Couple’s arguments may take on a format you are not happy with. You could find they start and end the same way. They might be about the same things. The past may get brought up in couple’s arguments as well.
If you experience recurring issues in your couple’s arguments, it may means that the issue is not resolved for one person. Perhaps this person may not feel listened to or understood. There may be a past hurt that needs repair. Often the other person may make the situation worse by defending him or herself from a perceived attack or criticism.
Coming to a resolution
Did you know that according to John Gottman, renowned couples therapist and researcher, 69 percent of couples’ arguments are unresolvable? So, why waste time trying to win? If it can’t be resolved, try to reach a position of understanding the others’ point of view. So that they don’t have to continually reassert it. This way, it won’t keep on surfacing in other arguments.
The winning strategy
Here is one winning strategy for getting your point across without hurting your partner or yourself. Firstly, you need to let go of the need to be right. It is a losing strategy that can end up making you both feel worse. If a couple’s argument is driven by the need to be right, things can escalate quickly. This leaves you both feeling hurt, angry and upset.
Each of you may have a different perception of the situation. This doesn’t mean that one person is right and the other, wrong. It just means that you see things and are affected in different ways. Try to understand your partner’s perspective (without saying they are right). Listen with interest, not just for content, but also for the feelings being expressed, and those not expressed. Try to reflect back to your partner what you’ve heard with a brief summary and validation of their main points.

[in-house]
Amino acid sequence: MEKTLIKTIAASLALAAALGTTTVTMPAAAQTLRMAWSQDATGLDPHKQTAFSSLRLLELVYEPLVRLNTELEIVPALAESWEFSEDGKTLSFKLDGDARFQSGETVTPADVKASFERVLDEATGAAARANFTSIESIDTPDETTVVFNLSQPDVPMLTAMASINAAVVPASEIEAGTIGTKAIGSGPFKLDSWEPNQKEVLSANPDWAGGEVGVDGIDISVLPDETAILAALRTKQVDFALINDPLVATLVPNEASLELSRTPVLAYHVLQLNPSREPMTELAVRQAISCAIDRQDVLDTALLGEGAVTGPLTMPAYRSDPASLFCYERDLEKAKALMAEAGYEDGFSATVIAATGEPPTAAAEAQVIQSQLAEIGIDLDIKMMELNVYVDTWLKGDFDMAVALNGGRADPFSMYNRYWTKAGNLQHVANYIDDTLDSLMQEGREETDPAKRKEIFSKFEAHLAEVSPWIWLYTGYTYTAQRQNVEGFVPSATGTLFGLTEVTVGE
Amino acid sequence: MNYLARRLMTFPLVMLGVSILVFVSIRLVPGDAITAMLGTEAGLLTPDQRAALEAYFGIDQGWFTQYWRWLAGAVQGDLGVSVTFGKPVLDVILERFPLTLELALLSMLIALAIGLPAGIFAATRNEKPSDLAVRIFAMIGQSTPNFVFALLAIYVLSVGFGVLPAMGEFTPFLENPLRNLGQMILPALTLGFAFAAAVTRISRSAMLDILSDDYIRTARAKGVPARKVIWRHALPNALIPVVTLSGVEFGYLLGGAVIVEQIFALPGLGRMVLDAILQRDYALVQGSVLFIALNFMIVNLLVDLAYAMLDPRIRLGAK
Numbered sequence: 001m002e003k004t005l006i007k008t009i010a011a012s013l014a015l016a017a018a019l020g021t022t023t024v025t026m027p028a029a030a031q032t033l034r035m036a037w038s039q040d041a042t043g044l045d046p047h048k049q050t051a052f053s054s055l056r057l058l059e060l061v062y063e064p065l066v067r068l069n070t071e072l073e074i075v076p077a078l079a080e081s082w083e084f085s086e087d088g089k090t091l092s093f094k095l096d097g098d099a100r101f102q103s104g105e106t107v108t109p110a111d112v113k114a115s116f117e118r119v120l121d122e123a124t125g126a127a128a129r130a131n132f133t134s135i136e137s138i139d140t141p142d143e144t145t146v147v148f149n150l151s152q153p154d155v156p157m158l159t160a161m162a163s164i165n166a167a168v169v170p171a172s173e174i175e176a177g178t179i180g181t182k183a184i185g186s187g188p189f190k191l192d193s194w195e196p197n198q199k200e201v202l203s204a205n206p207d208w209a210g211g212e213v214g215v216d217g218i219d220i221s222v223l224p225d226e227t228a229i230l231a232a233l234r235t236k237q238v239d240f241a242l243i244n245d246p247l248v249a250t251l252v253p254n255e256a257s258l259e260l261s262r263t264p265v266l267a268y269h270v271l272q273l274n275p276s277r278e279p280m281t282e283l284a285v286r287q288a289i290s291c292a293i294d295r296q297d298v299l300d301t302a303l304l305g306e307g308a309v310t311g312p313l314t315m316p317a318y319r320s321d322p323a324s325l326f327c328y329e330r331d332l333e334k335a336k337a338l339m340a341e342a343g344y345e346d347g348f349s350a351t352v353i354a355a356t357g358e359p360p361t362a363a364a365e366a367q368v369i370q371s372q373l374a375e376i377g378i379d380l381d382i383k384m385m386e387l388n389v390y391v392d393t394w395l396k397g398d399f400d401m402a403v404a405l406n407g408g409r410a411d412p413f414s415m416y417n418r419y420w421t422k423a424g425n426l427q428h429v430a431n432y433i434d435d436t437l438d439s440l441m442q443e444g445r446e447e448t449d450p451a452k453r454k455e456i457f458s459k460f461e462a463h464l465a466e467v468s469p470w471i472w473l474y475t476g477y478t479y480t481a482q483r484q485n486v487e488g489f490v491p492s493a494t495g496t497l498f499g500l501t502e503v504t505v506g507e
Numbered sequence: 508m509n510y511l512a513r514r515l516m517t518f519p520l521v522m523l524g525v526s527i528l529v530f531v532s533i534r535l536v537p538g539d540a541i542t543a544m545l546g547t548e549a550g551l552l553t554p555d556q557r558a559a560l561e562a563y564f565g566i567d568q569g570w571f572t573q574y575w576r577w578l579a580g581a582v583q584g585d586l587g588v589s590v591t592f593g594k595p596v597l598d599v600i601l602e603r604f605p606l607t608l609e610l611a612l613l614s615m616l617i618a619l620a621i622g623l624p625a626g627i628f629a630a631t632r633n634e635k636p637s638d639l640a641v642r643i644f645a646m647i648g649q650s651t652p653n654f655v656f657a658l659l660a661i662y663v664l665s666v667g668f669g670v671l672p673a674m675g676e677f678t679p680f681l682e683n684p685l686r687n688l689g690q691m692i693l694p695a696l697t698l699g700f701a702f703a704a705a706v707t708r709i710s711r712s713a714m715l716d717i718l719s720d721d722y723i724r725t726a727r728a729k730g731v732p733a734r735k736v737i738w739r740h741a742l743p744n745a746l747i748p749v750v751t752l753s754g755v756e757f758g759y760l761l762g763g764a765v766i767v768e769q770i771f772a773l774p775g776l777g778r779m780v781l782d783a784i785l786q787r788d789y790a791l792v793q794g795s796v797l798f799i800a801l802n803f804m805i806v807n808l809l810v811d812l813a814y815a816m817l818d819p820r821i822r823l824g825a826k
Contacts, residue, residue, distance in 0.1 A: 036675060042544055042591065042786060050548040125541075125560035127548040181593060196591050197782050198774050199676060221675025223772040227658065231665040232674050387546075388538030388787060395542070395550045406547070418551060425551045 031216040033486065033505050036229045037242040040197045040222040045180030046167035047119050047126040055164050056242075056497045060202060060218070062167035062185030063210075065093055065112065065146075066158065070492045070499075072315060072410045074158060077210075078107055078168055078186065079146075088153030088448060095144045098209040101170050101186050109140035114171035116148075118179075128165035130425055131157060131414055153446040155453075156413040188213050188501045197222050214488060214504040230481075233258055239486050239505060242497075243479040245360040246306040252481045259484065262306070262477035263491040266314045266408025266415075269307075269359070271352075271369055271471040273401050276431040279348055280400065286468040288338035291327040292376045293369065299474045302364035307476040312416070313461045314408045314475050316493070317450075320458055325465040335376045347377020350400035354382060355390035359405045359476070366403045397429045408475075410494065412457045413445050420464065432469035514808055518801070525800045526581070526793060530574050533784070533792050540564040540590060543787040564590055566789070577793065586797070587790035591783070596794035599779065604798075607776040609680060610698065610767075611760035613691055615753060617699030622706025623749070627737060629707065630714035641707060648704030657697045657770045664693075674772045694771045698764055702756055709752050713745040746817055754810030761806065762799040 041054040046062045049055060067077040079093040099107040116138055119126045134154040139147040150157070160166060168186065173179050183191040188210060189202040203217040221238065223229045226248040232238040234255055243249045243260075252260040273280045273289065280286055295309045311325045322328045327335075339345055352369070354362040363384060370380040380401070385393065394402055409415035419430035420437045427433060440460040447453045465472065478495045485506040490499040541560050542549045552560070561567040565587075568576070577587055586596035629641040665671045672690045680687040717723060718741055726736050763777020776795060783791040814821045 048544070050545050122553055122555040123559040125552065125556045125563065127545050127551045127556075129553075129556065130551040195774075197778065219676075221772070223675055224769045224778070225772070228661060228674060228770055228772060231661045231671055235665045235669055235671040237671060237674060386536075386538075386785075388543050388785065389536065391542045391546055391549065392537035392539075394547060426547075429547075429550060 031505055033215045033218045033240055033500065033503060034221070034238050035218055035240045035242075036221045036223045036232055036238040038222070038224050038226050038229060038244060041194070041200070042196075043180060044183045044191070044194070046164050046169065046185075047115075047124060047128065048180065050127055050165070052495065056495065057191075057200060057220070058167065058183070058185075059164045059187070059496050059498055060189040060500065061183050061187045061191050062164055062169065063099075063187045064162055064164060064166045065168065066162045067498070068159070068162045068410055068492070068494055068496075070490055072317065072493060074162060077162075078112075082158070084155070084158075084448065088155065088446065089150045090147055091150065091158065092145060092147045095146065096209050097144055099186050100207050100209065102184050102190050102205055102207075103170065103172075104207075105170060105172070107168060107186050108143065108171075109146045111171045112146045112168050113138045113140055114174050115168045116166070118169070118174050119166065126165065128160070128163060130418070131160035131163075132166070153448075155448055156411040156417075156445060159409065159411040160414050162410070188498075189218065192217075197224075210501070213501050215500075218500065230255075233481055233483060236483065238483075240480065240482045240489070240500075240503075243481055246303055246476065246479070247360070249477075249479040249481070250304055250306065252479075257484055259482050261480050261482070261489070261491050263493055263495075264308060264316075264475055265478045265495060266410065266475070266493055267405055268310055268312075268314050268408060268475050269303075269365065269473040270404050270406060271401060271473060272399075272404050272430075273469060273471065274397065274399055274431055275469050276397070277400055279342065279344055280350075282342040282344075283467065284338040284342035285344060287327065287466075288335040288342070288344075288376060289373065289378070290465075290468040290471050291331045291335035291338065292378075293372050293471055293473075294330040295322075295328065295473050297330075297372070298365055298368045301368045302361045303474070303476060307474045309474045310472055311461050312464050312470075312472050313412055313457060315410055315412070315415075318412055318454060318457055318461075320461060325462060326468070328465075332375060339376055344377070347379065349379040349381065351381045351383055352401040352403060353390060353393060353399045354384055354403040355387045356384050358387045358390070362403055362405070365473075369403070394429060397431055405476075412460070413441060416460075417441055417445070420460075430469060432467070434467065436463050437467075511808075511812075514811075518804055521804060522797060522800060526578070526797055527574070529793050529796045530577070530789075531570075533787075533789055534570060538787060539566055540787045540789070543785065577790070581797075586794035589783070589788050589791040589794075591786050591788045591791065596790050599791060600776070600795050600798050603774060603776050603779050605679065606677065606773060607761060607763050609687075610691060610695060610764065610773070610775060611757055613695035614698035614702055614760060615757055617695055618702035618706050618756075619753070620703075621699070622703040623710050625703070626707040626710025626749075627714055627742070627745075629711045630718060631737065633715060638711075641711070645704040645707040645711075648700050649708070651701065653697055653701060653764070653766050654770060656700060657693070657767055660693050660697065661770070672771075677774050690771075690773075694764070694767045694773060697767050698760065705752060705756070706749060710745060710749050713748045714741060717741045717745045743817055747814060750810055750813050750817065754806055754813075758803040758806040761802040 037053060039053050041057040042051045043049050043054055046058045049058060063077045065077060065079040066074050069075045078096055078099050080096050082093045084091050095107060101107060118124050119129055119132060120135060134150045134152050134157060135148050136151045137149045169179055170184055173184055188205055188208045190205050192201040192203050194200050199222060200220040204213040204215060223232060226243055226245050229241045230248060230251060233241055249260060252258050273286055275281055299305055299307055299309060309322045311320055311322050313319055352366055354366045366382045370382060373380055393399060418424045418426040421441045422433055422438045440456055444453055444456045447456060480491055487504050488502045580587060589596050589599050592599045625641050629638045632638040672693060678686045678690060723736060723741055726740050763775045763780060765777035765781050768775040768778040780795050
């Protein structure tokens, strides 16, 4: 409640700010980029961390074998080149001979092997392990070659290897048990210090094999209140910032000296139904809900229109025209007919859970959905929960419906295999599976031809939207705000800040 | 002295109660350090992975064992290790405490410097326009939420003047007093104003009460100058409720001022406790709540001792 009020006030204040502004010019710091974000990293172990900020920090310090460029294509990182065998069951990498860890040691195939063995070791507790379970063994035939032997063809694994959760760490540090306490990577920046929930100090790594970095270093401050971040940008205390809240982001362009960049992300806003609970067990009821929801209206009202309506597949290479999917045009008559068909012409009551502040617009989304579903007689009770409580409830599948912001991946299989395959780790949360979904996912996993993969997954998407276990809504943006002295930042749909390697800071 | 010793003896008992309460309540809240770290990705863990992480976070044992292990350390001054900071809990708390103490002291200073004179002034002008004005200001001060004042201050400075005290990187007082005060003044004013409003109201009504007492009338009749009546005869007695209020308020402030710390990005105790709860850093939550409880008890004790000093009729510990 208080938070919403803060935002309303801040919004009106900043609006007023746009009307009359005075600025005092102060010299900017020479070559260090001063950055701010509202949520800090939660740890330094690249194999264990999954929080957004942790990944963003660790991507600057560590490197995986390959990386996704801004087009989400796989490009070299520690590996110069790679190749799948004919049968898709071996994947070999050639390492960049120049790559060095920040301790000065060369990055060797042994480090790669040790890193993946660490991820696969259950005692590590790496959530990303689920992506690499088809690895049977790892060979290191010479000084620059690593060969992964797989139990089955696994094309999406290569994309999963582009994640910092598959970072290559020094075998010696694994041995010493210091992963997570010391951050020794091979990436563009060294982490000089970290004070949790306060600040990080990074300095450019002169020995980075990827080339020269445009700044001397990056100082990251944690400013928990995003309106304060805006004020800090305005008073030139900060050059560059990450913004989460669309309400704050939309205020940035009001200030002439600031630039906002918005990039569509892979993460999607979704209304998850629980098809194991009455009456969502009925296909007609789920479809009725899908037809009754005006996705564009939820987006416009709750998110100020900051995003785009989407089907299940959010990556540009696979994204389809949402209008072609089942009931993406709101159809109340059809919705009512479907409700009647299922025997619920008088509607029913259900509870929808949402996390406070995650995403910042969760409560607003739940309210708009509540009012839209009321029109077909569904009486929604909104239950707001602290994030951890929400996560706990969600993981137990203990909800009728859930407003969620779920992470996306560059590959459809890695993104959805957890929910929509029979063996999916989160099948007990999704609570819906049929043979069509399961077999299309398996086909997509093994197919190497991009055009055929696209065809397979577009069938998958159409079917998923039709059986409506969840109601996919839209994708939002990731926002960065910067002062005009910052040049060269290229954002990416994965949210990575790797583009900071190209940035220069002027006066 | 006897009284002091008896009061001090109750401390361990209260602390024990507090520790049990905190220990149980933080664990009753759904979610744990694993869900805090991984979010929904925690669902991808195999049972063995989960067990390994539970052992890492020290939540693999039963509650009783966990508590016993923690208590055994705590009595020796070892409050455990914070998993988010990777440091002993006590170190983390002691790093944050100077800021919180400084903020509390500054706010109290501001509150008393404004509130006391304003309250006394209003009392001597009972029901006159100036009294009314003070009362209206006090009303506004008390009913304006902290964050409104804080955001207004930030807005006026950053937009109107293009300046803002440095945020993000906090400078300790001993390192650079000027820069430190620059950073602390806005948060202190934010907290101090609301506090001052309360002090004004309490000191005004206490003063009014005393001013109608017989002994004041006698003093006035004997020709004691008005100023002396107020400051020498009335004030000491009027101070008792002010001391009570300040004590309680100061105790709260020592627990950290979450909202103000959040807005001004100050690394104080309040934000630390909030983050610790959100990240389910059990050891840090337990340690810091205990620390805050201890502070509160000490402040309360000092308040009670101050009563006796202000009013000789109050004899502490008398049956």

This is a winning strategy that can result in you each feeling validated by the other person, leading to closeness and trust.
If you’re tired of the same couple’s arguments, try learning a new way to communicate with your partner about the issue. For example, I coach couples in using a powerful 5-minute one-way conversation (developed by Gottman; and Bader & Pearson). This allows each person to get their point across without criticising or blaming their partner. Each person can feel validated, listened to and understood.
Three benefits of coming to see me as a Sydney couples counsellor
- I am trained in using various strategies from effective couples counselling models developed by leading researchers and therapists, John Gottman (completed Level 2 training in this model), Ellyn Bader and Peter Pearson (12-months’ training in the Developmental Model), and courses in Emotional Focused therapy. I’m experienced in integrating strategies from these approaches in order to find the most useful approaches for you.
- I identify your strengths as a couple and use these to create a positive environment for change.
- My aim is to guide you both through a process of deeper understanding of yourself and your partner, so you can build a stronger, closer connection if that is goal.
I was touched to receive this testimonial from a couple I worked with.
We are very different personalities but neither of us likes to be wrong. The strategies we learnt with Linda helped to take the heat out of the moment and look at things in a calm way. Our style of arguing changed and we actually felt better after an argument, instead of worse. Even if we still don’t agree with each other, we are now more willing to understand the other’s point of view and what they’re asking for underneath the complaint. Linda has unique skills to coach, guide and help you navigate the choppy water and be prepared for the eddies underneath!
Contact Linda Magson, Sydney Life coach and counsellor, for help to improve your relationship with your partner. Email Linda. Call or text: 0402 073 086
Links to other articles by Linda Magson that may help